Witness rejects defence's claim that Najib was duped

KUALA LUMPUR (Aug 23): Malaysian Anti-Corruption Commission (MACC) investigating officer and Senior Assistant Commissioner Rosli Hussain dismissed claims that runaway businessman Low Taek Jho was solely responsible for the embezzlement activities in SRC International Sdn Bhd.

In his cross-examination session yesterday, defence counsel Harvinderjit Singh suggested that the fugitive financier, better known as Jho Low, was the one responsible for the misappropriation of funds from the former 1Malaysia Development Bhd (1MDB) unit, but Rosli disagreed.

Rosli also rejected the proposition that Jho Low directed SRC’s former chief executive officer (CEO) and managing director Nik Faisal Ariff Kamil to sign documents related to the company.

Harvinderjit then posited that Jho Low controlled Putra Perdana Construction Sdn Bhd’s accounts through its Jerome Lee — Jho Low’s associate and former group CEO of its parent company Putrajaya Perdana Bhd — which the witness disputed too.

Rosli also disagreed that it was Jho Low who had tried to get the money in former prime minister Datuk Seri Najib Razak’s (pictured) AmBank account ending 880 — which received RM37 million from SRC in 2014 — and that the financier was responsible for withdrawing money through Terence Geh, an associate of his who once sat on 1MDB’s board.

He further disputed the assertion that Jho Low was responsible for all the wrongdoing in SRC.

“You (Rosli) did not investigate this,” Harvinderjit suggested, but the witness disagreed as well.

Rosli then continued to reject claims that Najib had been duped in the SRC scandal, and that Jho Low was responsible for the transfer of funds from SRC and into Gandingan Mentari and Najib’s accounts through former Yayasan Rakyat 1Malaysia CEO Ung Su Ling.

Earlier, Rosli agreed that the disputed minutes of Nik Faisal and Najib’s meeting were not shown to the former premier when he was interrogated.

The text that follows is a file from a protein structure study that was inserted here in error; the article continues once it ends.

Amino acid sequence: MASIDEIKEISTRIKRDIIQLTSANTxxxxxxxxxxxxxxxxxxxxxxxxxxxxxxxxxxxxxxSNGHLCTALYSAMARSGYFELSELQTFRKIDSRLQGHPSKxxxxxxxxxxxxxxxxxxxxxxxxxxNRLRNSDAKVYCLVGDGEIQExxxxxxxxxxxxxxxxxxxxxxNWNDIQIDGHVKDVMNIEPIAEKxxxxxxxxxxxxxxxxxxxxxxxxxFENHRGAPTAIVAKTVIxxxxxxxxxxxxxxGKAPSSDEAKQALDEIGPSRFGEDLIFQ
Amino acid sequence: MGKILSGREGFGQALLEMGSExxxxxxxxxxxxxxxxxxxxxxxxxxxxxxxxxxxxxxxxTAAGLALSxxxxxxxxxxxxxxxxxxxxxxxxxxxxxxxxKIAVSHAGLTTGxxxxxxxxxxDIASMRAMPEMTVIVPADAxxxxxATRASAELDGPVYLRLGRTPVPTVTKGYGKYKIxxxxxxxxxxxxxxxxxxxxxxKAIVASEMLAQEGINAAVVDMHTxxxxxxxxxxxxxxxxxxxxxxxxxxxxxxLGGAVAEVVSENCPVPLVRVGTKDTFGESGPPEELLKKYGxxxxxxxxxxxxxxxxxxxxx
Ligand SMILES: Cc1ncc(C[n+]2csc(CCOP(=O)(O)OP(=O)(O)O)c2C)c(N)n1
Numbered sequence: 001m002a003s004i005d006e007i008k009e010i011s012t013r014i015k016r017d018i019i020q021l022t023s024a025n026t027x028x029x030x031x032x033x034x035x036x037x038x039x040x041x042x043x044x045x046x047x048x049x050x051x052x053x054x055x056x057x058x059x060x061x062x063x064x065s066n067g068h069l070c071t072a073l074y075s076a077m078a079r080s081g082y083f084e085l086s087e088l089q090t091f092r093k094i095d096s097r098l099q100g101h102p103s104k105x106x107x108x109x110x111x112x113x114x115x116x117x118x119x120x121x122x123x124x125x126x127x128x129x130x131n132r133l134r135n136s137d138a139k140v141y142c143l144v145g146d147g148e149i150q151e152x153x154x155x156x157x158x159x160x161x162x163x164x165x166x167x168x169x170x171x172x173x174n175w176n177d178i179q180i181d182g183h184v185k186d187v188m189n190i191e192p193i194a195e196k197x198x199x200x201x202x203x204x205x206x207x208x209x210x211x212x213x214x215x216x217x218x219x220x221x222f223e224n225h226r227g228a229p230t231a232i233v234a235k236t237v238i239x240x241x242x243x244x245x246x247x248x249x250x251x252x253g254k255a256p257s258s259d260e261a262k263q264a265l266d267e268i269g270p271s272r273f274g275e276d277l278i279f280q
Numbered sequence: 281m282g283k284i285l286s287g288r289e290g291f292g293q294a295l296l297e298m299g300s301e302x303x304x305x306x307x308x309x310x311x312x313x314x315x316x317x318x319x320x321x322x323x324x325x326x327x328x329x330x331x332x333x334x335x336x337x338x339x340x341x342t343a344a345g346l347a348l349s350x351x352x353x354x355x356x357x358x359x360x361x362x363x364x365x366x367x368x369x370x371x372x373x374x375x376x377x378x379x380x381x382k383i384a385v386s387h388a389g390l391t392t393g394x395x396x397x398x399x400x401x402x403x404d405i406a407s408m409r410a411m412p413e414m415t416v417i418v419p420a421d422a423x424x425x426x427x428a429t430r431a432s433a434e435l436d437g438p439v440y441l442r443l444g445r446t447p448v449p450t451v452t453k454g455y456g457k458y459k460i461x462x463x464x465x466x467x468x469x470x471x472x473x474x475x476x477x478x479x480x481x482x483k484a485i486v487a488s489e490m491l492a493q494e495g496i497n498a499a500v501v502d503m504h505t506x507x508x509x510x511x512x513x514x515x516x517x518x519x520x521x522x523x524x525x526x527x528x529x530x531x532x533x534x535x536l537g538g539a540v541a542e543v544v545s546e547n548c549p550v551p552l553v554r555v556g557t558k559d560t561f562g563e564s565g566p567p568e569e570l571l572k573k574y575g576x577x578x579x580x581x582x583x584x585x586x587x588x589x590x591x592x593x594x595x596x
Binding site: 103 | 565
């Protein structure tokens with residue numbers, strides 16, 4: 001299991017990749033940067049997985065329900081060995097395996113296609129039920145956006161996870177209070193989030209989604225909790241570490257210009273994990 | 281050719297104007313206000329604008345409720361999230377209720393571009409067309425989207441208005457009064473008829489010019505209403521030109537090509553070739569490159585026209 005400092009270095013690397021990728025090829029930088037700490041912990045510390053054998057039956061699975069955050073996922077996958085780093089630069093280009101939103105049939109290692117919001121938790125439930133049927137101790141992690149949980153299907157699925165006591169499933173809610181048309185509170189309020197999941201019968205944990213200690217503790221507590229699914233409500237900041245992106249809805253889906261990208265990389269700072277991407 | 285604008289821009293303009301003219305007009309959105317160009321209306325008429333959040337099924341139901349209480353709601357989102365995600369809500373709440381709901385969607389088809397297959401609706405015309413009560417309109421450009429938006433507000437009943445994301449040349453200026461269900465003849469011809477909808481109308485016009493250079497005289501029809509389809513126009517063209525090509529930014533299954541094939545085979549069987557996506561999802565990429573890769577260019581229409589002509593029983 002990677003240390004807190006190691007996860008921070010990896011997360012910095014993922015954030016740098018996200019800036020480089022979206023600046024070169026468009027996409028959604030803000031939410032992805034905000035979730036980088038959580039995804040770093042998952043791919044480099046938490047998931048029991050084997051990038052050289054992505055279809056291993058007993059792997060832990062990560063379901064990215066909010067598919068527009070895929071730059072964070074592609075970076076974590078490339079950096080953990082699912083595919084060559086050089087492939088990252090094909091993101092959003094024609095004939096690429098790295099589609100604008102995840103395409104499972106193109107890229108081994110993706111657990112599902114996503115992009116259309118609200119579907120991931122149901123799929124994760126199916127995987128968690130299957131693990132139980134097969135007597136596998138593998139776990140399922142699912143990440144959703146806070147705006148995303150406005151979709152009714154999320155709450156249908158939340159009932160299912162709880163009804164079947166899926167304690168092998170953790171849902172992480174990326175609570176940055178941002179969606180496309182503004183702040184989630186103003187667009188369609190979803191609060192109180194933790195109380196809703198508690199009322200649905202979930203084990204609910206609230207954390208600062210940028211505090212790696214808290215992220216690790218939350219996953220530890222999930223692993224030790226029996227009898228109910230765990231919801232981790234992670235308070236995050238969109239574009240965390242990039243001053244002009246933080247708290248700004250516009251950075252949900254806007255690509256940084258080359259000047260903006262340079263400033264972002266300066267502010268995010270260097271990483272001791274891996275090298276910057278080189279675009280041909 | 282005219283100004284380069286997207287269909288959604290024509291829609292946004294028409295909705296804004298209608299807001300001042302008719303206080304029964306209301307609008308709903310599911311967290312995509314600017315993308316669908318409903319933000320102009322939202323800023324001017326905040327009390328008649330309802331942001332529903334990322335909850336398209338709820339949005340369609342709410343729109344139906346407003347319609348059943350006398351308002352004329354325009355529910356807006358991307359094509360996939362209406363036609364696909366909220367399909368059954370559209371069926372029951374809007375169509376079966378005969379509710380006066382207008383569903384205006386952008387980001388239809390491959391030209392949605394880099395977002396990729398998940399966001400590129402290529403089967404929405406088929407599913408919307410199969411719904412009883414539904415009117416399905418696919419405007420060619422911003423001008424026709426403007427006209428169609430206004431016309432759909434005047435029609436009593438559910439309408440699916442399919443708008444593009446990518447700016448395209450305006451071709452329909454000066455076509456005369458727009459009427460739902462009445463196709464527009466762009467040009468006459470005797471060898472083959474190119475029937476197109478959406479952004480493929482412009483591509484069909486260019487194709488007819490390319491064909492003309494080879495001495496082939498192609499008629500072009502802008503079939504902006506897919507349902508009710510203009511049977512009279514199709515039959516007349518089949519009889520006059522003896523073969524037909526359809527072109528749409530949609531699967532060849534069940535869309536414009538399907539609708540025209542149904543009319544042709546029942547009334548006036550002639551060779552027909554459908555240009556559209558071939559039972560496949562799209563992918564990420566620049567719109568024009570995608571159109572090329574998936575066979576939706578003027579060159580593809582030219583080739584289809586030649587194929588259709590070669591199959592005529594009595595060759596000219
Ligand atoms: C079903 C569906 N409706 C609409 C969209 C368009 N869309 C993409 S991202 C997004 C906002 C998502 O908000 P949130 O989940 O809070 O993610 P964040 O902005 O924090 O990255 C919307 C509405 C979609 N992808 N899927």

Rosli said there is no record of whether the minutes of the duo’s meeting on Sept 7, 2011 were the originals or otherwise, but he denied the minutes were forged.

The defence had been challenging the authenticity of the minutes of Nik Faisal’s meeting with Najib ever since they were produced by former SRC chairman Tan Sri Ismee Ismail.

The meeting that Nik Faisal had with Najib concerned the utilisation of the first RM2 billion loan from Retirement Fund Inc (KWAP).

The meeting minutes had allegedly detailed Najib’s instructions that RM1.8 billion out of the first loan should be sent abroad.

Rosli said he took Ismee’s statement last year, and prior to their meeting, the latter did not provide any documents.

Harvinderjit also asked Rosli whether it was true that although the MACC had taken a sample of Najib’s signature, the graft-buster did not enquire further with the chemistry department if the former premier’s signature could have been forged, to which the witness said yes.

Rosli also agreed that none of the people he interviewed claimed that they saw with their own eyes Najib signing the bank documents himself.

However, the witness slammed claims that the MACC forbade the banks involved in SRC’s transactions from providing documents to the defence.

“We said they (banks) should refer to us first before sharing the documents; we were not stopping them,” he said.

This article first appeared in The Edge Financial Daily, on Aug 23, 2019.

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